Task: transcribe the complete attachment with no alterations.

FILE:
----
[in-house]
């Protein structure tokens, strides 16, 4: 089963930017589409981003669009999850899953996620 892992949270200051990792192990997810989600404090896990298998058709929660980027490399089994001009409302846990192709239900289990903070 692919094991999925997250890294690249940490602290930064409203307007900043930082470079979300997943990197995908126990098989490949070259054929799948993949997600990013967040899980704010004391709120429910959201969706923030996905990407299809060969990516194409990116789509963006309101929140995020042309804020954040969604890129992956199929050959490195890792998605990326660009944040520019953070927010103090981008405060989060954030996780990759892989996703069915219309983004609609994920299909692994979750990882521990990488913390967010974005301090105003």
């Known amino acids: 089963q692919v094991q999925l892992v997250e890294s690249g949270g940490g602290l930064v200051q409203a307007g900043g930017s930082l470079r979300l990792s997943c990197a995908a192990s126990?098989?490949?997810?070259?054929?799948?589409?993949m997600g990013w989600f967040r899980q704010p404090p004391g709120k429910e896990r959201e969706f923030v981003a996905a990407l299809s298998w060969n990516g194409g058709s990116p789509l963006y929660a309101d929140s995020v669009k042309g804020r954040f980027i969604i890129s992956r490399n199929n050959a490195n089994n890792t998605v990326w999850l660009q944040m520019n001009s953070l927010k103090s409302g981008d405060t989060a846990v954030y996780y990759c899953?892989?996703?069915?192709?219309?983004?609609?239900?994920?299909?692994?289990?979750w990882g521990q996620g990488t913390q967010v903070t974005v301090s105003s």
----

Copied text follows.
[in-house]
């Protein structure tokens, strides 16, 4: 089963930017589409981003669009999850899953996620 892992949270200051990792192990997810989600404090896990298998058709929660980027490399089994001009409302846990192709239900289990903070 692919094991999925997250890294690249940490602290930064409203307007900043930082470079979300997943990197995908126990098989490949070259054929799948993949997600990013967040899980704010004391709120429910959201969706923030996905990407299809060969990516194409990116789509963006309101929140995020042309804020954040969604890129992956199929050959490195890792998605990326660009944040520019953070927010103090981008405060989060954030996780990759892989996703069915219309983004609609994920299909692994979750990882521990990488913390967010974005301090105003």
């Known amino acids: 089963q692919v094991q999925l892992v997250e890294s690249g949270g940490g602290l930064v200051q409203a307007g900043g930017s930082l470079r979300l990792s997943c990197a995908a192990s126990?098989?490949?997810?070259?054929?799948?589409?993949m997600g990013w989600f967040r899980q704010p404090p004391g709120k429910e896990r959201e969706f923030v981003a996905a990407l299809s298998w060969n990516g194409g058709s990116p789509l963006y929660a309101d929140s995020v669009k042309g804020r954040f980027i969604i890129s992956r490399n199929n050959a490195n089994n890792t998605v990326w999850l660009q944040m520019n001009s953070l927010k103090s409302g981008d405060t989060a846990v954030y996780y990759c899953?892989?996703?069915?192709?219309?983004?609609?239900?994920?299909?692994?289990?979750w990882g521990q996620g990488t913390q967010v903070t974005v301090s105003s």